LITTLE JACK RABBIT





AN OLD CROW’S NEST

Now Featherhead had a much harder time finding a home than Brother Twinkle Tail. He traveled from the oaks to the beech trees, jumping from branch to branch, peeping first into this place and then into that, but every hole and hollow had a tenant.

By and by he ran down to the ground and along the winding paths through the leaves and brush, but even then he could find nothing. No, sir. There didn’t seem to be a single place in the whole big forest for this little squirrel.

“Goodness me!” he exclaimed, “what shall I do? I don’t want to go back to Nutcracker Lodge and tell them I can’t look out for myself. I’d feel like a baby.” So he sat down to think it over.

All of a sudden who should come by but Jimmy Crow.

“What’s the matter? You look dreadfully worried.”

“And so I am,” replied the little squirrel. “And so would you be if you couldn’t find a home for yourself.”

Jimmy Crow turned his head first to one side and then to the other, and winked his bright little eye. Then he winked the other several times. After that he wagged his feathered tail and opened both eyes.

“I know just the place for you.”

“You don’t mean it,” cried Featherhead.

“I certainly do,” replied Jimmy Crow, “if you’ll follow me I’ll take you there in a jiffy.” And Jimmie Crow knew what he was about, for he quickly led the little squirrel to a tall oak tree whose acorns lay in heaps all over the ground. Way up high on a branch was an old crow’s nest.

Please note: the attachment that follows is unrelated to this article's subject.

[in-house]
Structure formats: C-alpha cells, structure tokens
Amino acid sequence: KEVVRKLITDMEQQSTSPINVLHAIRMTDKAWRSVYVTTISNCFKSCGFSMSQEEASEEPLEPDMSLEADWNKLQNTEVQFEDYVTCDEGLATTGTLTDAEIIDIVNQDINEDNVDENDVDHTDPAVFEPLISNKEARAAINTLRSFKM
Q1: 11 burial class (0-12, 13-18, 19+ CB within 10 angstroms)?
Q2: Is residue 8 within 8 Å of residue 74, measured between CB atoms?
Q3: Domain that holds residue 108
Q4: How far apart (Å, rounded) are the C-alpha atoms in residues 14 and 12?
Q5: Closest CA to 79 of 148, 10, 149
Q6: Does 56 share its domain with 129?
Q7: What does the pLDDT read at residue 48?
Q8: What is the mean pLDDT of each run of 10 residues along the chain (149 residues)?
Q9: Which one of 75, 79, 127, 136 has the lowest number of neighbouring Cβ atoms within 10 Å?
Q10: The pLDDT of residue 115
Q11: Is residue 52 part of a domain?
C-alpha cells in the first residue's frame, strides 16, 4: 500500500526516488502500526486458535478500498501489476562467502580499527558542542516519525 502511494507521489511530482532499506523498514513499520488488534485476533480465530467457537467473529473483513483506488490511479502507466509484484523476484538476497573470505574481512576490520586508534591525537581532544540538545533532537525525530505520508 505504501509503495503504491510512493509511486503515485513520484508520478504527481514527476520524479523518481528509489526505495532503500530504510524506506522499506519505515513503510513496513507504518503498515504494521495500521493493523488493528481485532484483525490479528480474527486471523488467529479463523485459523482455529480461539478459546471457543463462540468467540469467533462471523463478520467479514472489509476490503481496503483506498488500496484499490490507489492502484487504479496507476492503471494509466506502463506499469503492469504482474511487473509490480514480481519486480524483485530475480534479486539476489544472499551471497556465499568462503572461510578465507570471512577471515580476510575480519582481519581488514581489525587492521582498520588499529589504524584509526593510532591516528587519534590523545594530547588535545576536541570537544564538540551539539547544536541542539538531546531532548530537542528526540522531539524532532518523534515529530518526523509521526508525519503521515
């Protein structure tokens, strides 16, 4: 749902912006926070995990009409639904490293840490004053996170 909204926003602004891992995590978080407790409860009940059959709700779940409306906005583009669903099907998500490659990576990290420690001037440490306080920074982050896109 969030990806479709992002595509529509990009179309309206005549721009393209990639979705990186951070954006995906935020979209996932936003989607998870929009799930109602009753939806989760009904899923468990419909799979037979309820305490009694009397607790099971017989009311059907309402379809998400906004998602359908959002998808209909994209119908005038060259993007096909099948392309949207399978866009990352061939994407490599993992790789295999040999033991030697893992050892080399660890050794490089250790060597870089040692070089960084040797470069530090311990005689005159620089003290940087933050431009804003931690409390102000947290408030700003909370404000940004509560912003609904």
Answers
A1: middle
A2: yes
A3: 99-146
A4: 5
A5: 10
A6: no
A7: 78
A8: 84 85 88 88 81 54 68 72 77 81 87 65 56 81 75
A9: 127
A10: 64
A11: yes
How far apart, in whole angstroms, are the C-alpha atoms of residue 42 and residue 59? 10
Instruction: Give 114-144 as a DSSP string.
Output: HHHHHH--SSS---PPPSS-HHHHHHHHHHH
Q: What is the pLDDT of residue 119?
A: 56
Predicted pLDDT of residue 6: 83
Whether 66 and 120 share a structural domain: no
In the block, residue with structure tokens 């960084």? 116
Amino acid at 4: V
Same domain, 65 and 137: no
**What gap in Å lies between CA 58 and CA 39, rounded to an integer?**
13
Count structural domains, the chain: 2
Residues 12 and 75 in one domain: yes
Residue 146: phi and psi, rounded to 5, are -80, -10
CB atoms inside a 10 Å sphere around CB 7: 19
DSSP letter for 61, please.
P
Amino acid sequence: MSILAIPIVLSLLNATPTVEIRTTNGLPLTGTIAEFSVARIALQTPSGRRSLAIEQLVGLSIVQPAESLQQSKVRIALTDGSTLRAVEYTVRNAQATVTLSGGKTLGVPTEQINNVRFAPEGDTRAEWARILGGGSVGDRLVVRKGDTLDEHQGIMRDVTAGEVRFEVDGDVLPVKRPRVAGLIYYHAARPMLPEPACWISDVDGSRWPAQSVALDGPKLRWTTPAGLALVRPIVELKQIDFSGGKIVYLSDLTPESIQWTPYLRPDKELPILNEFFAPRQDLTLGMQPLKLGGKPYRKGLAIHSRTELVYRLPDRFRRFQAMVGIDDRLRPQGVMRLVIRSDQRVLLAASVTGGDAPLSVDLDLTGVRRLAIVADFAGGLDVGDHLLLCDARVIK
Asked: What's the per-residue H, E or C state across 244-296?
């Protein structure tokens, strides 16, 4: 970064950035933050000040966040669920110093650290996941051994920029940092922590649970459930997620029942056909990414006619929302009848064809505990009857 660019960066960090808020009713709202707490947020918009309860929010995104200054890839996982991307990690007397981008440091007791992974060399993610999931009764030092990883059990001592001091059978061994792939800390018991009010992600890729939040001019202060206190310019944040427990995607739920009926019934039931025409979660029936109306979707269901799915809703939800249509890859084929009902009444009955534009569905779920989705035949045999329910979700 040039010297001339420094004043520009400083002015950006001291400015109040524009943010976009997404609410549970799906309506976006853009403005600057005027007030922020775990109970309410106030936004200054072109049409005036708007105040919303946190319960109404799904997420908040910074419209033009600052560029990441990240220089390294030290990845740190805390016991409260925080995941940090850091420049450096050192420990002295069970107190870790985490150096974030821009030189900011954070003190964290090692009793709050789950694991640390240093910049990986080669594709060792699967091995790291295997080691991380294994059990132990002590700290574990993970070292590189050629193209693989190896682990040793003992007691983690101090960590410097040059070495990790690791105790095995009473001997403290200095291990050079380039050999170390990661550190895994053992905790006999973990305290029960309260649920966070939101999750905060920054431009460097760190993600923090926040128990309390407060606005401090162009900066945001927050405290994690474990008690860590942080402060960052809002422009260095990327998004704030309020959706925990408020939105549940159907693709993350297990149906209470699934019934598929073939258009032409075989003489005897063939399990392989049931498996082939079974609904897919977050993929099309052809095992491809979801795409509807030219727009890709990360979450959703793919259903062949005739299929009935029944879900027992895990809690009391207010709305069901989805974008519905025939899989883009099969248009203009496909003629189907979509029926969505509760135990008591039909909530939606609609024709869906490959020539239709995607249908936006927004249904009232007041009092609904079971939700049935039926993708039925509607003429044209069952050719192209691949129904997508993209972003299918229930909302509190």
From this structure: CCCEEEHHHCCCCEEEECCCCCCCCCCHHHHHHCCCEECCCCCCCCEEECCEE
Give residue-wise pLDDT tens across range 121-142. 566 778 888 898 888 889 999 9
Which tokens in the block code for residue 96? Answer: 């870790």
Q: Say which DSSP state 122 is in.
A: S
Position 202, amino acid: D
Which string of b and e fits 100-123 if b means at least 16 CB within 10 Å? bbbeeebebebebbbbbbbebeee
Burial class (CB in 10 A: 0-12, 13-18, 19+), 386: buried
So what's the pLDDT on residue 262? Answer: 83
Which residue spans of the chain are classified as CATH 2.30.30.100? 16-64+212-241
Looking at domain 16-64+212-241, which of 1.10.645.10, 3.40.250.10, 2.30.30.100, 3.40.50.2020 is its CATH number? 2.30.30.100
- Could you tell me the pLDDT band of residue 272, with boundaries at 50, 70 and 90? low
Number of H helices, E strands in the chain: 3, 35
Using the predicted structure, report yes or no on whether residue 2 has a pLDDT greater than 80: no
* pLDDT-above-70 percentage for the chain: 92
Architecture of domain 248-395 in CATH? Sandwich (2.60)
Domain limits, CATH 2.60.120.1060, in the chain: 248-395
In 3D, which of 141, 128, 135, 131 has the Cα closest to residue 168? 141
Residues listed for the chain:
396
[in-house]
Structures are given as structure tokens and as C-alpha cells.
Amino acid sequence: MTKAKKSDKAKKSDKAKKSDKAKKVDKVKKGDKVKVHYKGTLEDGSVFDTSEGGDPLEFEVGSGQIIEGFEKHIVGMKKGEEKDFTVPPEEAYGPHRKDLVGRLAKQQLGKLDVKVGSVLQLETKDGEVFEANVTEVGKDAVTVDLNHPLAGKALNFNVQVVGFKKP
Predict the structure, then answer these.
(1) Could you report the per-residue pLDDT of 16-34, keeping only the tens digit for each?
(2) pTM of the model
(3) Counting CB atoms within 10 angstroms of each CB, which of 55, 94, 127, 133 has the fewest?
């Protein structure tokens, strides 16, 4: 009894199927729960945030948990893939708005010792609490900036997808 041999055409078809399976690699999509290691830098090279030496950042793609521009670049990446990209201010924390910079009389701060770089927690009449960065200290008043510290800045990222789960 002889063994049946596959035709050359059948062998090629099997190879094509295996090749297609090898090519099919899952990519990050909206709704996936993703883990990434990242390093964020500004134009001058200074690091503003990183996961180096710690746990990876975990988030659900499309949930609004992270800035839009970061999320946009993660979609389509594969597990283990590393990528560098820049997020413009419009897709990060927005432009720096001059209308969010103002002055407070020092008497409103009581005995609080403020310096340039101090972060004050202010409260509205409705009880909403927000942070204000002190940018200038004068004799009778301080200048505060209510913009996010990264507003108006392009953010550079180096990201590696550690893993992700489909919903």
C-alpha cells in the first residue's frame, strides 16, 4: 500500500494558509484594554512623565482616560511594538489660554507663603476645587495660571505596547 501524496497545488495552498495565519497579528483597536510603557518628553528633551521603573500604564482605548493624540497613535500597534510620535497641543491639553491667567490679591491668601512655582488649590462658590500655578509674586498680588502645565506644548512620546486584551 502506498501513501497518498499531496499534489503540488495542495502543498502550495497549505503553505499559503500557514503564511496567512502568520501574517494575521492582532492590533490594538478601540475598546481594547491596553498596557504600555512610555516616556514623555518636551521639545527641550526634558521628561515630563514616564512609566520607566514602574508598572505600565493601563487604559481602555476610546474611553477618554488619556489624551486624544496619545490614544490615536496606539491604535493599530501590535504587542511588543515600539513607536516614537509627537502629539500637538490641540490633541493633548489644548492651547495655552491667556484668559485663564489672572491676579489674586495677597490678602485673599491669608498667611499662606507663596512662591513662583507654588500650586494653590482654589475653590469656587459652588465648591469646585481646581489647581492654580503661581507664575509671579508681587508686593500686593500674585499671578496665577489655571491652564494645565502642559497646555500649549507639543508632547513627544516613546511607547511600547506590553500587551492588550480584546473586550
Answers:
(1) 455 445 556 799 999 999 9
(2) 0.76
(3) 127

“There’s the place for you,” cried Jimmy Crow. “You can fix it up in no time.”

Featherhead thanked him and ran up the tree to look it over. It didn’t take him long to make up his mind what to do. Pressing the sticks more closely together, he covered them overhead and all around with leafy twigs, until it looked like a great big ball of leaves. In one side he made a little round hole for a doorway, and as the roof was nicely rounded, and this was the only opening, the rain couldn’t get inside.

“With a good supply of nuts,” he laughed, “I won’t have to go down to the ground for my meals, and can sleep for days at a time when it’s cold and stormy!”

My little house up in the tree
Is just the very thing for me.
It holds my food and keeps the rain
From off my comfy counterpane.

But sometimes it seems lonely quite
When fall the shadows of the night,
And I have no one but myself
To climb up to the pantry shelf.



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